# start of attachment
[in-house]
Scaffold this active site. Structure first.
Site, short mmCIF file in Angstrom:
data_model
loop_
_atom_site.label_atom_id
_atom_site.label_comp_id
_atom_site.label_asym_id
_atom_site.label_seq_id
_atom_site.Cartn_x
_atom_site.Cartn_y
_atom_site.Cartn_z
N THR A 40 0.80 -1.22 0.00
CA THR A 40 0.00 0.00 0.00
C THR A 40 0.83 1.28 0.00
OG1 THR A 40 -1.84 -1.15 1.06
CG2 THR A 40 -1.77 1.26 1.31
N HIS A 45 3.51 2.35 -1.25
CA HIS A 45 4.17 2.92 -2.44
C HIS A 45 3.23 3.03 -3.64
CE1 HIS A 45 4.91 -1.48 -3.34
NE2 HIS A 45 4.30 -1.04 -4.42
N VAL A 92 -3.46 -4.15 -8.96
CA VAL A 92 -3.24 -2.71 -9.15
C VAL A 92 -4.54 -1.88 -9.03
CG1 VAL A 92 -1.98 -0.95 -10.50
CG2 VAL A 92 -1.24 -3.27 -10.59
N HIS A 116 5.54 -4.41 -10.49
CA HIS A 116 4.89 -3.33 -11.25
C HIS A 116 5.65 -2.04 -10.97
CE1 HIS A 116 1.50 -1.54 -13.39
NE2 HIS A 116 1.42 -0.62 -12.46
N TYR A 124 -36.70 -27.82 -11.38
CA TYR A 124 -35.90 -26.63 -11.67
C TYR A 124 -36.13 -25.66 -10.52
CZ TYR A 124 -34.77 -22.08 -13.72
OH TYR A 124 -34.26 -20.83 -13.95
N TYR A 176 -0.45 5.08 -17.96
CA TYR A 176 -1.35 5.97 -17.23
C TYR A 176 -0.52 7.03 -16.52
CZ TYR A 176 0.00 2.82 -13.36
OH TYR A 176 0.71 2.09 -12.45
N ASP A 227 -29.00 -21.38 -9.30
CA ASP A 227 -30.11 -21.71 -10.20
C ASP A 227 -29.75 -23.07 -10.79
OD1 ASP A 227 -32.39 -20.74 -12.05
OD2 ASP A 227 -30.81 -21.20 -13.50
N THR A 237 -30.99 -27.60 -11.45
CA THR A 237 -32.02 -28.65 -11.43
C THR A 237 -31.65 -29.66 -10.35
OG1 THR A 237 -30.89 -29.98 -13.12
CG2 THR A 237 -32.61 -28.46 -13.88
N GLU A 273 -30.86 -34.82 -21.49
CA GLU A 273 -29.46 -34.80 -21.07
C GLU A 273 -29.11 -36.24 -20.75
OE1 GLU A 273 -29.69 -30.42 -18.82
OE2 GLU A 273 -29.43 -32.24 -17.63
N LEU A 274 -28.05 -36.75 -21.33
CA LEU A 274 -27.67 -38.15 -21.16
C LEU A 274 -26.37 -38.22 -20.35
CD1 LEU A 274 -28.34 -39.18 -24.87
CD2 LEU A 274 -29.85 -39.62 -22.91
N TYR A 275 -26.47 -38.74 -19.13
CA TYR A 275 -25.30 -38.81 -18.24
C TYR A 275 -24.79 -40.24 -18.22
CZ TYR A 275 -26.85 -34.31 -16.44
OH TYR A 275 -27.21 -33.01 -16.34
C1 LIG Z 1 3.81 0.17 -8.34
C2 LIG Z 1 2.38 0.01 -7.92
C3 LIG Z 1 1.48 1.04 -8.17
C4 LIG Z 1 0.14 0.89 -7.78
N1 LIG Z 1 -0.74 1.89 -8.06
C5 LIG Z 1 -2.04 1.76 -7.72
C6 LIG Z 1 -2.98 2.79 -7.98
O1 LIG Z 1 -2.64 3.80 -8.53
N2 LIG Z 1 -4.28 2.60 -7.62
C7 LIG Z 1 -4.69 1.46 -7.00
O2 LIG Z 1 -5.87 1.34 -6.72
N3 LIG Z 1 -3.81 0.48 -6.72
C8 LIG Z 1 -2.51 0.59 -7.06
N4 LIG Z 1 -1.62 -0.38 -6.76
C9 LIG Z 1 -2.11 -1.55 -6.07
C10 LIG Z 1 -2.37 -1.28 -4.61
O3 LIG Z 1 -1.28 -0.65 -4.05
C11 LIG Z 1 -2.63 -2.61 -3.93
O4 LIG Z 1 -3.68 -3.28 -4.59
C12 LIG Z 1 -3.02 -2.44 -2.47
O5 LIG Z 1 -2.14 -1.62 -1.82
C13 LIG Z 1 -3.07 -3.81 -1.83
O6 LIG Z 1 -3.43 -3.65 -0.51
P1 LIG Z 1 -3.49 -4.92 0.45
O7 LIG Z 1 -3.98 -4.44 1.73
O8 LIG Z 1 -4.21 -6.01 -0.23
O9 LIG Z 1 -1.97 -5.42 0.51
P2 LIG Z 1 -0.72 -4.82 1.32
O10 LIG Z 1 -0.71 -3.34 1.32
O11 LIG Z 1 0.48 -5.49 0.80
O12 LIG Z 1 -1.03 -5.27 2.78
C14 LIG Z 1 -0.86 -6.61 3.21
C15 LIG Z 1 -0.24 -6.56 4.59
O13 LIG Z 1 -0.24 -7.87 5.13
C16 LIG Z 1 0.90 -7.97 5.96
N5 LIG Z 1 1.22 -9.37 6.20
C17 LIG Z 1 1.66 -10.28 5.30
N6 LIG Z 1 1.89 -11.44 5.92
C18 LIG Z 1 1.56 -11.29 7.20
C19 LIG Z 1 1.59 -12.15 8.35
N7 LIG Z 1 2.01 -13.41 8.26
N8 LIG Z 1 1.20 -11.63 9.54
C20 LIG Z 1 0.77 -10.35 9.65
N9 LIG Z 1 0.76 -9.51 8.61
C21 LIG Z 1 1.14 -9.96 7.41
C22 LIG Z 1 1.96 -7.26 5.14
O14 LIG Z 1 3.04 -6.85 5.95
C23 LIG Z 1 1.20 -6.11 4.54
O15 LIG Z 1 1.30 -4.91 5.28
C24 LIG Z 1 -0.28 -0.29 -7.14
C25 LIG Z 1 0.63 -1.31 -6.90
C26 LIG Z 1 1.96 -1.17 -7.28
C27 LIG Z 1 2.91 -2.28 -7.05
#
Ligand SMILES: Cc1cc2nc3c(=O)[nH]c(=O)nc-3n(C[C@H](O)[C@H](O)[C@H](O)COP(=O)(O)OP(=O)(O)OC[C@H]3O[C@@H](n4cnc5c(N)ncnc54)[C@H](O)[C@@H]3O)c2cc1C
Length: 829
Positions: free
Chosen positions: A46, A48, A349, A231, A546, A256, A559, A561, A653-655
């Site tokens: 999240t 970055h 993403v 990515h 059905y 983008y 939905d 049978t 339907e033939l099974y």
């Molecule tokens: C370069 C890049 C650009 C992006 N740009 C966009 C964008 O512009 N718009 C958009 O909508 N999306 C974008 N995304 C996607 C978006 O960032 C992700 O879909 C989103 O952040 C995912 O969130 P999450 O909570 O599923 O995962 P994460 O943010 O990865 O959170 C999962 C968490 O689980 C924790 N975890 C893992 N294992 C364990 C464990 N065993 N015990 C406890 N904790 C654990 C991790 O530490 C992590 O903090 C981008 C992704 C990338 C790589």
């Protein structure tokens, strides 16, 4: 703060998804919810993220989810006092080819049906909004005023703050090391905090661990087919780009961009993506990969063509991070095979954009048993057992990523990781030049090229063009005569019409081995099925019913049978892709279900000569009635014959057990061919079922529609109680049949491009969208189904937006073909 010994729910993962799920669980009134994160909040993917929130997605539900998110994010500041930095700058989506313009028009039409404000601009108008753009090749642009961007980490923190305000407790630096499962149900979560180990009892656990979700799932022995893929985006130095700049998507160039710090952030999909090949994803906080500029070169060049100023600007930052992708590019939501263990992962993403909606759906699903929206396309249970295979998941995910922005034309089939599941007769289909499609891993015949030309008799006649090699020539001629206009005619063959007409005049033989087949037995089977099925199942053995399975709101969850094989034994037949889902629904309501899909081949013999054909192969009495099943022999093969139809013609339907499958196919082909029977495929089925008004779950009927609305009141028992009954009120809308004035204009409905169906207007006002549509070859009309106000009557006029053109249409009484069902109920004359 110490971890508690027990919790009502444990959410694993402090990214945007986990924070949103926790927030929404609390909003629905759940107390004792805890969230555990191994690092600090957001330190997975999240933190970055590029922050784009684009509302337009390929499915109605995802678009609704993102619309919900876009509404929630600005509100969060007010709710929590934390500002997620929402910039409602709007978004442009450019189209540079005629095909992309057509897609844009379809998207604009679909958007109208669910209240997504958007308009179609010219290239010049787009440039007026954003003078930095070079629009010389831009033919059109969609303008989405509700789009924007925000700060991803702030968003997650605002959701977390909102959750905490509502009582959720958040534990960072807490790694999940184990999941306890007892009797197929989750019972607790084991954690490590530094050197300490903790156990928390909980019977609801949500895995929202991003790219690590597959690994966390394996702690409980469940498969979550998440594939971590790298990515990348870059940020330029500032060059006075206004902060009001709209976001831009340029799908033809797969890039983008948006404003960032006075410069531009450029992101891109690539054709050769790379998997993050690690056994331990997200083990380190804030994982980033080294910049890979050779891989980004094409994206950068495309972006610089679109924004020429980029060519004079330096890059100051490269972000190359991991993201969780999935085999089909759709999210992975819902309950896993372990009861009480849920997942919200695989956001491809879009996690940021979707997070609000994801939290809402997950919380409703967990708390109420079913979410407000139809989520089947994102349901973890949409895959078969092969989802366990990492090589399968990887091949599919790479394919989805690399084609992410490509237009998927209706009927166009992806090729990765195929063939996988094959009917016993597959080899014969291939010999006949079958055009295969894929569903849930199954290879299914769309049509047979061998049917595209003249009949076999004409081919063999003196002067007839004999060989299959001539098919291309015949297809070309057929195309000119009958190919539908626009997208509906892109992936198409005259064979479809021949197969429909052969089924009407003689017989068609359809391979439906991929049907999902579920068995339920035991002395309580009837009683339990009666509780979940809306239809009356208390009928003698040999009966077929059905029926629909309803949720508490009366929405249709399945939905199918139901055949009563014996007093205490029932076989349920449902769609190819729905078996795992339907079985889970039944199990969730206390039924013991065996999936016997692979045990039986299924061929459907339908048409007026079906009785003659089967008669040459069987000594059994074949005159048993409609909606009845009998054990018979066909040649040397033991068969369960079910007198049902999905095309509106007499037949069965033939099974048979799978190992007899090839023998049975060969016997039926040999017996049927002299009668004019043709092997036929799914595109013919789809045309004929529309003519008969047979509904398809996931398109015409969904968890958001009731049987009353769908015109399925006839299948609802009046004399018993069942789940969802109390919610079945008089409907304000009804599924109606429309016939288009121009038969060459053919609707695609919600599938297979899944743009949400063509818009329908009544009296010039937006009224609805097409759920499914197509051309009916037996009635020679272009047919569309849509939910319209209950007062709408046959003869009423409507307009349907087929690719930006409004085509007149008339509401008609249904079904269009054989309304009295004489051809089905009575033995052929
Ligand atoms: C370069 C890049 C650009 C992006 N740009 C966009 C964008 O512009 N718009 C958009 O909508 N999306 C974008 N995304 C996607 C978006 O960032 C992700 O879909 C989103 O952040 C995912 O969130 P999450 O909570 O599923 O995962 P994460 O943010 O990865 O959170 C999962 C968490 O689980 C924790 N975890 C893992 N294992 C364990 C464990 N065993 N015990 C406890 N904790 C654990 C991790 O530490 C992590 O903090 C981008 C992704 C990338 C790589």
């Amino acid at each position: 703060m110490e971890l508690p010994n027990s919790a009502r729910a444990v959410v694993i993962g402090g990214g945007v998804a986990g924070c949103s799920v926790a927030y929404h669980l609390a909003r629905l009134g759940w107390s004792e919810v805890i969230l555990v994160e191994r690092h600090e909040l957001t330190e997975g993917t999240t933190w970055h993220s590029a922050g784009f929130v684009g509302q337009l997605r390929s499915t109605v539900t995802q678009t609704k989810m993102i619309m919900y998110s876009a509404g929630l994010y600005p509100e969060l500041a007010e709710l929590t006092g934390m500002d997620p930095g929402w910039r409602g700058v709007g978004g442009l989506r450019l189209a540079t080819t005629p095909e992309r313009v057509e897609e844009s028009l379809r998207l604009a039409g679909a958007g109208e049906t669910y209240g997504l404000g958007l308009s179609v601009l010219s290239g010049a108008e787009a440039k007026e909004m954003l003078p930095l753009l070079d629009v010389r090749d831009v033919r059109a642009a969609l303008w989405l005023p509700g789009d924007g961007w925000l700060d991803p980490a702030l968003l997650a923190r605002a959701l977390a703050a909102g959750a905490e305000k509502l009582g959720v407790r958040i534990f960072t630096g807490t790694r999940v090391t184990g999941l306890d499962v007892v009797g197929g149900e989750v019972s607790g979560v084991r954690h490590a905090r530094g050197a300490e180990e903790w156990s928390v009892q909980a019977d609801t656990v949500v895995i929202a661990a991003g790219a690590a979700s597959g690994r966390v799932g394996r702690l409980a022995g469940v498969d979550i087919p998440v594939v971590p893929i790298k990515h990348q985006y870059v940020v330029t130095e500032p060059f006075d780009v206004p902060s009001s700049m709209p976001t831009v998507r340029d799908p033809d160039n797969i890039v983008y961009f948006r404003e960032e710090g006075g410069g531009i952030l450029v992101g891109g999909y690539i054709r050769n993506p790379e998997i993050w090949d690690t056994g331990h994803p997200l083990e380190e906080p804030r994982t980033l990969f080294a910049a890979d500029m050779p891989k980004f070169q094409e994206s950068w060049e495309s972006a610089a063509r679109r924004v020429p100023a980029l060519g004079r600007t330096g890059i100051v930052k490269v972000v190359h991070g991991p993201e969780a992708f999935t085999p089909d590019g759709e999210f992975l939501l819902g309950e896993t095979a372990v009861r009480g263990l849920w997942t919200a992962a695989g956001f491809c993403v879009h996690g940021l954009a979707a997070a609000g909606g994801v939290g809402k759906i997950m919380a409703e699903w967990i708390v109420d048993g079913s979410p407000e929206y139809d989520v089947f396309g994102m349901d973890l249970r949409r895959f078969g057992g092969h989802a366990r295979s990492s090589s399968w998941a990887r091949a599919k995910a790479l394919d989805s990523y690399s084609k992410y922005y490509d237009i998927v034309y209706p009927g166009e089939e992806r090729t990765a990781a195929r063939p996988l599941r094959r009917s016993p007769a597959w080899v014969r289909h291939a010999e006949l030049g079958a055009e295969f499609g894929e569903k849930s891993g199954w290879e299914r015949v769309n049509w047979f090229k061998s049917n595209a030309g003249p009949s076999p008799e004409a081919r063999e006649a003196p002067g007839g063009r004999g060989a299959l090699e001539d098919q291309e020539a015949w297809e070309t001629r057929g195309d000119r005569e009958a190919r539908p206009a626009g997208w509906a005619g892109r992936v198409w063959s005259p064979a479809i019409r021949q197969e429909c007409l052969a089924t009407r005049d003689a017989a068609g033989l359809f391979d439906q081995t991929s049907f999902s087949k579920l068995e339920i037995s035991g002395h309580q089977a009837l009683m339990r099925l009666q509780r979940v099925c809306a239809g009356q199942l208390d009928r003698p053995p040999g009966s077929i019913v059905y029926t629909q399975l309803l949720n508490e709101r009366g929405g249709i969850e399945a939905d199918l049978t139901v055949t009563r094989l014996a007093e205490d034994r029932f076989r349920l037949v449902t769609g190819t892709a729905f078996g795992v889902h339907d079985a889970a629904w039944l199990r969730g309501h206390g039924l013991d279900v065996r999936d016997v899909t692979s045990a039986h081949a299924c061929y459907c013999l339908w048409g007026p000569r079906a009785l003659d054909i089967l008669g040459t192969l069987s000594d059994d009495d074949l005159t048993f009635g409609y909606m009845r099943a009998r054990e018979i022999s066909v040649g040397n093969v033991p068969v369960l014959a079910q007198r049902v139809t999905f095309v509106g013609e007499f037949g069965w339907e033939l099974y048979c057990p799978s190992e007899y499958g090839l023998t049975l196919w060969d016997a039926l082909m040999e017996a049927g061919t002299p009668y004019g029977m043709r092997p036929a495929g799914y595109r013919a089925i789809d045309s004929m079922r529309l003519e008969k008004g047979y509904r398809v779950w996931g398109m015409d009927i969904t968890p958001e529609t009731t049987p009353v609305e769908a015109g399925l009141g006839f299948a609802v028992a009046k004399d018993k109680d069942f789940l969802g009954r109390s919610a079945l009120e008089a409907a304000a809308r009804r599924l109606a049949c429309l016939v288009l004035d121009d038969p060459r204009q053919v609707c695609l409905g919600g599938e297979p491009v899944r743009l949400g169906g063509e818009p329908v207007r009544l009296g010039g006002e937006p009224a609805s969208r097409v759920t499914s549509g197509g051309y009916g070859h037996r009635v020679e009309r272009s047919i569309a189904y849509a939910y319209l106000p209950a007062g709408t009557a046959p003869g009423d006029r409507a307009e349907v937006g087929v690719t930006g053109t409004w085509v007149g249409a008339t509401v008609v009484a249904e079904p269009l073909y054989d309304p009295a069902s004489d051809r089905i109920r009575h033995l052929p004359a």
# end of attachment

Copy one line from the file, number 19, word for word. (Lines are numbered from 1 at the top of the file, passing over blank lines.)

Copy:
CA HIS A 45 4.17 2.92 -2.44